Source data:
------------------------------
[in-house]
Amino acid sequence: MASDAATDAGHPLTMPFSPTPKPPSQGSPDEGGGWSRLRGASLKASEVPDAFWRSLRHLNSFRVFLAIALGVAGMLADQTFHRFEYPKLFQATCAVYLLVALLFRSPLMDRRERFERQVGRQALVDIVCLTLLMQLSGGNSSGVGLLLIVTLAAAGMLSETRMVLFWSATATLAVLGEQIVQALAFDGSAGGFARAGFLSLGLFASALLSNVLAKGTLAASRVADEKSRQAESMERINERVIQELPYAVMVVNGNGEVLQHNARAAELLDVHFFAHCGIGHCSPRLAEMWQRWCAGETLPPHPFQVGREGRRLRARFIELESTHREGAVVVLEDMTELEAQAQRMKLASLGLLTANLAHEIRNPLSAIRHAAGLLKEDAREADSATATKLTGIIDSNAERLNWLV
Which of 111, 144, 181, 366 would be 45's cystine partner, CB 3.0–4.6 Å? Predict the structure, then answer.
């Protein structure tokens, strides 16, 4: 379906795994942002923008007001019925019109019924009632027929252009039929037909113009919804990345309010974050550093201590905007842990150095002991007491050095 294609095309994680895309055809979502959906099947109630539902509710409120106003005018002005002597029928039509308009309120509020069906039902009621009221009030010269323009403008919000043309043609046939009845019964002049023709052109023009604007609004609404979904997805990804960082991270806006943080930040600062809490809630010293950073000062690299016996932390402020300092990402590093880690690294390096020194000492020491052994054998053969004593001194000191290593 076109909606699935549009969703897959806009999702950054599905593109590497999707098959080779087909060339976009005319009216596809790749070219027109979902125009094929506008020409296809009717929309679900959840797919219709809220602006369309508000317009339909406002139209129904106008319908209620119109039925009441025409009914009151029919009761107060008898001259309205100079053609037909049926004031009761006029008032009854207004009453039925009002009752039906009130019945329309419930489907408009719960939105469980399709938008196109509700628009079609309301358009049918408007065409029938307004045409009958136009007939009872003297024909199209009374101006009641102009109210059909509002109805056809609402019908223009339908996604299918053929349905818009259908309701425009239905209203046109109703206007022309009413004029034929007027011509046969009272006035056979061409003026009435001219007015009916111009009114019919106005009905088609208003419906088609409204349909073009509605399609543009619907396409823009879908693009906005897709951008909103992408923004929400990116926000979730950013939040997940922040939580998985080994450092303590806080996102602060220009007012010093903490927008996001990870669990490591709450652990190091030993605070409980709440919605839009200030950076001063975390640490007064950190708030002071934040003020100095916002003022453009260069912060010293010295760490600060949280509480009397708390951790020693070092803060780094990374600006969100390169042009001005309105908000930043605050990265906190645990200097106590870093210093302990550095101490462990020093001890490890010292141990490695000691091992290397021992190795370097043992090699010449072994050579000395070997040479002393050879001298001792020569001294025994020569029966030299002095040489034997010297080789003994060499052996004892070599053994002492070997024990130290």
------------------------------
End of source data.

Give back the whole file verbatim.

[in-house]
Amino acid sequence: MASDAATDAGHPLTMPFSPTPKPPSQGSPDEGGGWSRLRGASLKASEVPDAFWRSLRHLNSFRVFLAIALGVAGMLADQTFHRFEYPKLFQATCAVYLLVALLFRSPLMDRRERFERQVGRQALVDIVCLTLLMQLSGGNSSGVGLLLIVTLAAAGMLSETRMVLFWSATATLAVLGEQIVQALAFDGSAGGFARAGFLSLGLFASALLSNVLAKGTLAASRVADEKSRQAESMERINERVIQELPYAVMVVNGNGEVLQHNARAAELLDVHFFAHCGIGHCSPRLAEMWQRWCAGETLPPHPFQVGREGRRLRARFIELESTHREGAVVVLEDMTELEAQAQRMKLASLGLLTANLAHEIRNPLSAIRHAAGLLKEDAREADSATATKLTGIIDSNAERLNWLV
Which of 111, 144, 181, 366 would be 45's cystine partner, CB 3.0–4.6 Å? Predict the structure, then answer.
């Protein structure tokens, strides 16, 4: 379906795994942002923008007001019925019109019924009632027929252009039929037909113009919804990345309010974050550093201590905007842990150095002991007491050095 294609095309994680895309055809979502959906099947109630539902509710409120106003005018002005002597029928039509308009309120509020069906039902009621009221009030010269323009403008919000043309043609046939009845019964002049023709052109023009604007609004609404979904997805990804960082991270806006943080930040600062809490809630010293950073000062690299016996932390402020300092990402590093880690690294390096020194000492020491052994054998053969004593001194000191290593 076109909606699935549009969703897959806009999702950054599905593109590497999707098959080779087909060339976009005319009216596809790749070219027109979902125009094929506008020409296809009717929309679900959840797919219709809220602006369309508000317009339909406002139209129904106008319908209620119109039925009441025409009914009151029919009761107060008898001259309205100079053609037909049926004031009761006029008032009854207004009453039925009002009752039906009130019945329309419930489907408009719960939105469980399709938008196109509700628009079609309301358009049918408007065409029938307004045409009958136009007939009872003297024909199209009374101006009641102009109210059909509002109805056809609402019908223009339908996604299918053929349905818009259908309701425009239905209203046109109703206007022309009413004029034929007027011509046969009272006035056979061409003026009435001219007015009916111009009114019919106005009905088609208003419906088609409204349909073009509605399609543009619907396409823009879908693009906005897709951008909103992408923004929400990116926000979730950013939040997940922040939580998985080994450092303590806080996102602060220009007012010093903490927008996001990870669990490591709450652990190091030993605070409980709440919605839009200030950076001063975390640490007064950190708030002071934040003020100095916002003022453009260069912060010293010295760490600060949280509480009397708390951790020693070092803060780094990374600006969100390169042009001005309105908000930043605050990265906190645990200097106590870093210093302990550095101490462990020093001890490890010292141990490695000691091992290397021992190795370097043992090699010449072994050579000395070997040479002393050879001298001792020569001294025994020569029966030299002095040489034997010297080789003994060499052996004892070599053994002492070997024990130290």